A former soldier from the UK who changed his surname to “Fu-Kennard” for a laugh says the joke has backfired — he was denied a passport.
Kenny Fu-Kennard, 33, whose surname used to be Kennard, changed his name in 2016 and even got a driving license under his new moniker.
But when his passport expired and he applied for a new one this year, his application was denied because his name “may cause offense.”
The supermarket worker from Cornwall has contested HM Passport Office’s verdict three times — but the Home Office has refused to budge.
Keen traveler Fu-Kennard said he doesn’t want to change his name again, so faces a life of UK holidays instead.
“I’d decided to change my name to Fu-Kennard a few years back,” he said.
“When I’d had to apply for a driving license, it was accepted fine, so I figured it wouldn’t make much difference in applying for a passport. How wrong I was!
“I got refused on grounds that my name could cause offense or was vulgar. I complained, but they upheld their decision so I complained again. I was then told they’d keep the fee for administration costs.”
Fu-Kennard said he finds it hard to believe the name could be construed as anything but funny and slightly ridiculous.
“It’s just a joke,” he said.
The jokester first changed his name to “Coco Kenny” when he was 16, but after he joined the Army aged 19 he said he was told to change it back because it was “immature”.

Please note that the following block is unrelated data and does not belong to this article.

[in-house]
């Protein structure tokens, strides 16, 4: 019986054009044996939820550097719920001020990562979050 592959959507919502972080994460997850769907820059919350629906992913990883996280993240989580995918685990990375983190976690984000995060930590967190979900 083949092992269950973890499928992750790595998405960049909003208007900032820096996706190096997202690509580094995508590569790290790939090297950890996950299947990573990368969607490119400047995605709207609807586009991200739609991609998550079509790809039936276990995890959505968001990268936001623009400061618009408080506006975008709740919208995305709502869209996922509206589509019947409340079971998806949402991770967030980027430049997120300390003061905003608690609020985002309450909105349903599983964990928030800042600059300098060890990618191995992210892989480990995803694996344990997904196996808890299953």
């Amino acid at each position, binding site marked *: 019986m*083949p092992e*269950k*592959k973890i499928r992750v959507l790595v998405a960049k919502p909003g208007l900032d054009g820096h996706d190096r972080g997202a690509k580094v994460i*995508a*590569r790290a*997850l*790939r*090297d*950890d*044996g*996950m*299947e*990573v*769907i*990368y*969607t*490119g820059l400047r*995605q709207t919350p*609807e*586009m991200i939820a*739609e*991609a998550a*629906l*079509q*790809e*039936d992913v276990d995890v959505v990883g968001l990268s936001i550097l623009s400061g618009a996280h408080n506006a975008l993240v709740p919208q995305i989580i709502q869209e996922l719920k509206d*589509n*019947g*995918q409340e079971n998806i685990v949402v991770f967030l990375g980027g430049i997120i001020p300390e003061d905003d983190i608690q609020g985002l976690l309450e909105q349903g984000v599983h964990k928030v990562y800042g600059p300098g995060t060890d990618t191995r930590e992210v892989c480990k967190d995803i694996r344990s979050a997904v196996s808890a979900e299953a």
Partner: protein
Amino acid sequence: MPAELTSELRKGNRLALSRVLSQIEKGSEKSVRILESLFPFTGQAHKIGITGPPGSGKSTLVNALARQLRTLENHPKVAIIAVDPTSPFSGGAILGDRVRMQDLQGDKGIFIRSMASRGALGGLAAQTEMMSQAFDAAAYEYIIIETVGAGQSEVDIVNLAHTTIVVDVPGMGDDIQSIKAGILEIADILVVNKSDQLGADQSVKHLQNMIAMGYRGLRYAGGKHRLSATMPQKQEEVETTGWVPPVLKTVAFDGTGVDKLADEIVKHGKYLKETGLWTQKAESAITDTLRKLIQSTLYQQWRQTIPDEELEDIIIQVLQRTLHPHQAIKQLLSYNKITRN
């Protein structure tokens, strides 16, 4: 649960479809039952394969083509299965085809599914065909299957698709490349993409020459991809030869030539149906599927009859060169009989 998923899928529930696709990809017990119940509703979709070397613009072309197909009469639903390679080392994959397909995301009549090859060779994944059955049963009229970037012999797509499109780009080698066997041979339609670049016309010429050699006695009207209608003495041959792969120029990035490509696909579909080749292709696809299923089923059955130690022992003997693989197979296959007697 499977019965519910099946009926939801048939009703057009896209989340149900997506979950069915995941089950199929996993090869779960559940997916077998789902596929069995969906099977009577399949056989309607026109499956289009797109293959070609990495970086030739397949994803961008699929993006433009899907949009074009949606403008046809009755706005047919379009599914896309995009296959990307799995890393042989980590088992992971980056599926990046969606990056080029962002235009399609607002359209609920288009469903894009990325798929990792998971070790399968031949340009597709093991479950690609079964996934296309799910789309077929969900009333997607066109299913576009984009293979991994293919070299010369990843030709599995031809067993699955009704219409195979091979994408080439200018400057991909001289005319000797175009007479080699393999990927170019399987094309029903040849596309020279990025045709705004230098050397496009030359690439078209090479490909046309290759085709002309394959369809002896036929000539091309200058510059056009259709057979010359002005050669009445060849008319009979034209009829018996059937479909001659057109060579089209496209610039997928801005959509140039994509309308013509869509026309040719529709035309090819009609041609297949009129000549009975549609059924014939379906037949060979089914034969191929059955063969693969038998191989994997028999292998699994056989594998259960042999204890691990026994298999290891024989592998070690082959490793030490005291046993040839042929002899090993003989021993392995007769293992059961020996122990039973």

After eight years serving his country, Kenny decided to “change it to something with a bit of ‘fun’ about it.”
Knowing that he’d be applying for jobs, he knew to “play it a bit safe” — and settled for “Fu-Kennard” because “not everyone gets the joke.”
“Life’s too short to be boring,” he said.
The official guidelines list a series of “names that may cause outrage or offense” that could be classed as “unacceptable” and not fit for a passport.
They include: “the use of swear words; sexually explicit references; inappropriate religious connotation; is vulgar, offensive, or libelous to an individual; makes use of a name of a person living or dead which may cause public concern”.
The guidance also states: “This applies to phonetic, as well as actual use of words comprising of part or the entire name.”
But Fu-Kennard said he is keeping his surname.
“I don’t want to change it again, especially because they’re restricting my freedom. I like Fu-Kennard.”
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